How I Got This Body: Larry Teckenbrock had been avoiding scales since turning 60. Now 64, he has has lost 25 pounds, which he attributes mostly to plugging in to "Wii Fit."
Larry Teckenbrock, Eagan, 64, 'Wii Fit’ addict, information technology professional
Larry Teckenbrock had been avoiding scales since turning 60. But last Christmas, he got a Wii for Christmas. Now 64, he has put the video-game system to good use: He has lost 25 pounds, which he attributes mostly to plugging in to "Wii Fit" most mornings and "ExerBeat" most evenings. By combining smaller portion sizes with regular exercise, he's hoping eventually to get his weight down to what it was when he was an avid runner and climber in his 30s.
AVOIDING THE SCALE: "When I hit 50, I kind of lost my legs. My knees went, and I couldn't jump and play volleyball anymore. And our kids were at the age with a lot of activities going on, so there was always an excuse not to work out. The next thing you know, you're on the scale and you see numbers you haven't seen before. I hate to admit it, but when you get older, it's a lot easier to keep it on. When you're younger, you can almost think about it and you lose weight. My energy was down, but I attributed it to aging."
NAYSAYERS: "There are people who say Wii doesn't work. It is a little limited -- the most you can do at a time is five minutes. I use that as a warmup, and that's what works for me. The main thing is that it tracks me every day. It weighs you on the balance board, and you see exactly what's going on. If your weight's going up, there's a category to explain why you gained weight. You realize, 'Oh, I had a second helping of this.' It made me realize I needed to take smaller quantities. And if you skip a day, it says, 'Oh, I haven't seen you.' Sometimes it's annoying, but it makes you conscientious. You want to get in there so you don't get that little scolding. You get a little stamp when you do it everyday, a little reward."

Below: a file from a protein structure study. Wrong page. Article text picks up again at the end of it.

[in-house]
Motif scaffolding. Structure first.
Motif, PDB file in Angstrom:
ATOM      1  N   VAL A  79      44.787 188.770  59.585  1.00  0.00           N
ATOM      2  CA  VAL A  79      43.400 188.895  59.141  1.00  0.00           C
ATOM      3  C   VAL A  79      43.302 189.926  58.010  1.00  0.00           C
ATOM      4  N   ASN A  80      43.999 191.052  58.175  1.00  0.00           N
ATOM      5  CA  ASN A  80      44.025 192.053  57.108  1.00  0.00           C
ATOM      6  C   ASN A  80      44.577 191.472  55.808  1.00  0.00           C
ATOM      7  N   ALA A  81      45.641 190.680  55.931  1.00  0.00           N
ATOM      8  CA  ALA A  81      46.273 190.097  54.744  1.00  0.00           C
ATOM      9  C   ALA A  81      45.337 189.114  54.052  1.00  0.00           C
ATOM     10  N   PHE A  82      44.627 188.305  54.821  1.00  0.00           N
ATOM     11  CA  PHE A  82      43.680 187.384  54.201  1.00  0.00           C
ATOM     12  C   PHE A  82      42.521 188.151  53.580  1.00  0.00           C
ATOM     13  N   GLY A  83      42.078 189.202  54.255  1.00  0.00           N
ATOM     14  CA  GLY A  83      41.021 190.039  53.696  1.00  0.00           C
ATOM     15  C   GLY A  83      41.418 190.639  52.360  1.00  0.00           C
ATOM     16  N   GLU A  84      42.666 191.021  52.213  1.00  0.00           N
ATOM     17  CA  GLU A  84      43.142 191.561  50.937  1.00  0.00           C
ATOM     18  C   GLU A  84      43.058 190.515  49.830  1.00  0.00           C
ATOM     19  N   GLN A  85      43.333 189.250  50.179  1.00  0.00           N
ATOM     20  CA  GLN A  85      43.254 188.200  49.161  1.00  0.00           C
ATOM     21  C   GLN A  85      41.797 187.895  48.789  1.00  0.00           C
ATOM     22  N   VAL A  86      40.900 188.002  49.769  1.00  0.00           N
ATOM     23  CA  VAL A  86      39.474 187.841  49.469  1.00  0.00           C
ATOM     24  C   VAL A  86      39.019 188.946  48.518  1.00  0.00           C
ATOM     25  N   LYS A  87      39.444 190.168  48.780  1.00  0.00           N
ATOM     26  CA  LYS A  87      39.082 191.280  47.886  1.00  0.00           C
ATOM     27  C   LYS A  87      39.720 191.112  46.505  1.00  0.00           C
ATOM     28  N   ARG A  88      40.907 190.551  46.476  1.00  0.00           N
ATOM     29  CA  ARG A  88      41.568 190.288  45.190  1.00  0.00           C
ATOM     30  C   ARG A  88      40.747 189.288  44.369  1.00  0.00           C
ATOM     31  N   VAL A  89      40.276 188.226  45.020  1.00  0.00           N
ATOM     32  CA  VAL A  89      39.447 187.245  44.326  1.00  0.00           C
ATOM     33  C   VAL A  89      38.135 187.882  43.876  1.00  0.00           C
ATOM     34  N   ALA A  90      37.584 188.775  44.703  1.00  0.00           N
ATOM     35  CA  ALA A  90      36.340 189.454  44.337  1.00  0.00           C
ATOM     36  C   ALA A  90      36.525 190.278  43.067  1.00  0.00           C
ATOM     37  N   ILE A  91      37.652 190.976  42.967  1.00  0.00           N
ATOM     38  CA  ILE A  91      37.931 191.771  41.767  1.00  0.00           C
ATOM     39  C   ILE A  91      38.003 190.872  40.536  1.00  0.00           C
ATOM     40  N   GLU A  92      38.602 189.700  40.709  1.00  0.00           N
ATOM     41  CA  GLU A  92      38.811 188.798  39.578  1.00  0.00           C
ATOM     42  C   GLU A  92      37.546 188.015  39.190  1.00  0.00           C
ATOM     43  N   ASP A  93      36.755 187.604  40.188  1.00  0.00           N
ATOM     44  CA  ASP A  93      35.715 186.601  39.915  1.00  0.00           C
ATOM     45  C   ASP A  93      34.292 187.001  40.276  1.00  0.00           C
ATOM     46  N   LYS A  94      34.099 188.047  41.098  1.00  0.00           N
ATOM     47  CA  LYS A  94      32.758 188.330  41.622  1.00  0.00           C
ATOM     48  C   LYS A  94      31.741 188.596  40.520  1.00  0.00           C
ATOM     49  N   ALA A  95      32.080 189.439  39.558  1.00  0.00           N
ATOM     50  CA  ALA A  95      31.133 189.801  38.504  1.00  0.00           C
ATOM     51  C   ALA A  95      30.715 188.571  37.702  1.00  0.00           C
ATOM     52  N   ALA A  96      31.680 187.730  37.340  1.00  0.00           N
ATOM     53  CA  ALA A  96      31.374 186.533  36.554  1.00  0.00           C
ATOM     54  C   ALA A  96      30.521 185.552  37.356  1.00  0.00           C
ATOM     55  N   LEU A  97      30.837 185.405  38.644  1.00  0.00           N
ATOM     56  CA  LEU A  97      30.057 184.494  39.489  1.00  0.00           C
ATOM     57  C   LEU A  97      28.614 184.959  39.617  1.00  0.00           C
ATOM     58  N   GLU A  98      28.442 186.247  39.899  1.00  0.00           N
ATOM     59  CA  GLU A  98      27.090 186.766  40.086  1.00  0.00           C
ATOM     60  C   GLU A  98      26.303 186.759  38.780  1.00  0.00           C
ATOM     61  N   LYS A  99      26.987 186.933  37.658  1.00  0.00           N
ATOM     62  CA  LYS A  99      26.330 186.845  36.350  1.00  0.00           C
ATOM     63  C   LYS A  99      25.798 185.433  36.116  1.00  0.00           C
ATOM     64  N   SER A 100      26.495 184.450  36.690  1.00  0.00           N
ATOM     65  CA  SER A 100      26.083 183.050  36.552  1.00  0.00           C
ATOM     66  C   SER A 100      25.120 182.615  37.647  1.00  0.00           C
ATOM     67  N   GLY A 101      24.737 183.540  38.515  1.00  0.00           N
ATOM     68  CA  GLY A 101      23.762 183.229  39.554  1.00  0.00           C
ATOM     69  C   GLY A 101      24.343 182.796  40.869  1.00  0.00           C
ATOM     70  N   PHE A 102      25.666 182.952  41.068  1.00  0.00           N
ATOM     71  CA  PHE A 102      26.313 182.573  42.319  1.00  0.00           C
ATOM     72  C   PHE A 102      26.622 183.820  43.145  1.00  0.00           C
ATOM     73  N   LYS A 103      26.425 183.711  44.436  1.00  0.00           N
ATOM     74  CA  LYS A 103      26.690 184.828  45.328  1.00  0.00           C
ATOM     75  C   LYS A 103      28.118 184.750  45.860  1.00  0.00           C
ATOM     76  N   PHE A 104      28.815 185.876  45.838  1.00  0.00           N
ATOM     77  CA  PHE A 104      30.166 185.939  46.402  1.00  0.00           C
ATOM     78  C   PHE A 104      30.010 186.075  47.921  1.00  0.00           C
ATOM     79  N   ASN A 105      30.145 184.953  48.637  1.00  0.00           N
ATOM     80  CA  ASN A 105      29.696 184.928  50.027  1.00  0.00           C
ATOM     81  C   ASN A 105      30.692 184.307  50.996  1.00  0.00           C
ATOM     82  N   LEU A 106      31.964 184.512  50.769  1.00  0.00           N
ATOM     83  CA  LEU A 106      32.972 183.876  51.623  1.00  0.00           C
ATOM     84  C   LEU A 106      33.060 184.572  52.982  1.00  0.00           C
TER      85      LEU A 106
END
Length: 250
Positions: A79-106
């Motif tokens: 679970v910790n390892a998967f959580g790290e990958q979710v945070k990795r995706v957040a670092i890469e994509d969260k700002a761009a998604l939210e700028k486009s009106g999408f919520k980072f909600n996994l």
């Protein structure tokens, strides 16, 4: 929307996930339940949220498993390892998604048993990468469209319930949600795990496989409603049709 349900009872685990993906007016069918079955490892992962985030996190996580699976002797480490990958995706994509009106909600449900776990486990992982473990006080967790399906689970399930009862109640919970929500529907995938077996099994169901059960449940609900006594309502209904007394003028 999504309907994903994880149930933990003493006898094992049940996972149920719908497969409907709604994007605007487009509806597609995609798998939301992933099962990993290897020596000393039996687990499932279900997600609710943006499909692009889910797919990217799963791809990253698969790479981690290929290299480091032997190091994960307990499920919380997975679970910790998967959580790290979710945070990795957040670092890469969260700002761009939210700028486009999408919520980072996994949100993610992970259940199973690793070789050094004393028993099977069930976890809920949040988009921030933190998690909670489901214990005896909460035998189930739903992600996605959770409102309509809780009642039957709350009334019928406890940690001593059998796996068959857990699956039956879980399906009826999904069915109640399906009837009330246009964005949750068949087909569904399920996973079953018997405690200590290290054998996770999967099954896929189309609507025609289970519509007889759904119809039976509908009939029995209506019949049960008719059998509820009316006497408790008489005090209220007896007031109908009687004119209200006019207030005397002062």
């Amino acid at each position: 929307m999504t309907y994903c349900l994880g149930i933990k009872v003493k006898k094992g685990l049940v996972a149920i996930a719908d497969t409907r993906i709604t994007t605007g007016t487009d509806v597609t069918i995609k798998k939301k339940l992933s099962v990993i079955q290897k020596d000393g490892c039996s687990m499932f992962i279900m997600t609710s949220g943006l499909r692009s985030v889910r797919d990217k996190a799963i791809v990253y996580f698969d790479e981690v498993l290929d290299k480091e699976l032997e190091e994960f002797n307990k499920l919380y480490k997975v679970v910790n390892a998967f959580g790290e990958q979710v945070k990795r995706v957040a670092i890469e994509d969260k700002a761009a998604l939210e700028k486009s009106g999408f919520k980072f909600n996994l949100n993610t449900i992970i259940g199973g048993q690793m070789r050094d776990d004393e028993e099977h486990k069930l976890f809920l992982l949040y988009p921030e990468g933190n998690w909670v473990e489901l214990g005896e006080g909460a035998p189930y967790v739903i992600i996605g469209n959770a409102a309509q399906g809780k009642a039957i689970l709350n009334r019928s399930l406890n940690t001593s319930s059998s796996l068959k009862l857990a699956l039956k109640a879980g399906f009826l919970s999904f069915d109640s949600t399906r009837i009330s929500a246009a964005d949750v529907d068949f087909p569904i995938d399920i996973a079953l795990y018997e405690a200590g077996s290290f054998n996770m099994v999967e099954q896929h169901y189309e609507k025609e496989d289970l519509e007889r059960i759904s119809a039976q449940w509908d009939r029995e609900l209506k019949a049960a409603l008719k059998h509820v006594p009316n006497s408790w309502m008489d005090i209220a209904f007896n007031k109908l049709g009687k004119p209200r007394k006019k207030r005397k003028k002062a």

OFF THE COUCH: "I do a minimum of 20 to 30 minutes in the morning [on 'Wii Fit'] -- aerobics and stretching and yoga. I use a different program in the evening for more aerobics: 'ExerBeat' has dance routines and aerobics, and you can do anywhere from 2 to 30 minutes. I also try to bike in the summer whenever we can on weekends, and cross-country ski in the winter. But, realistically, that only happens four or five times a winter."
NO SUPER-SIZING: "Mostly, it's thinking about the portion size. How much is there, and how much do I really need to eat? It's eating smaller portions and then stopping, realizing you don't have to eat all that, putting snacks in a dish rather than taking handfuls out of the bag -- just little habits."
ENERGY BOOST: "I've firmed up my abs, I feel better and I walk better -- and my knees don't hurt. I feel like doing active things. Last weekend, we were in Wisconsin hiking up a steep trail, and I could do it [without problems]. I sit at the computer all day, but we have a courtyard at work, and I'll look for opportunities to go out for a walk."
BONUS: "It's a lot cheaper than a personal trainer."
SHEILA MULROONEY ELDRED SPECIAL TO THE STAR TRIBUNE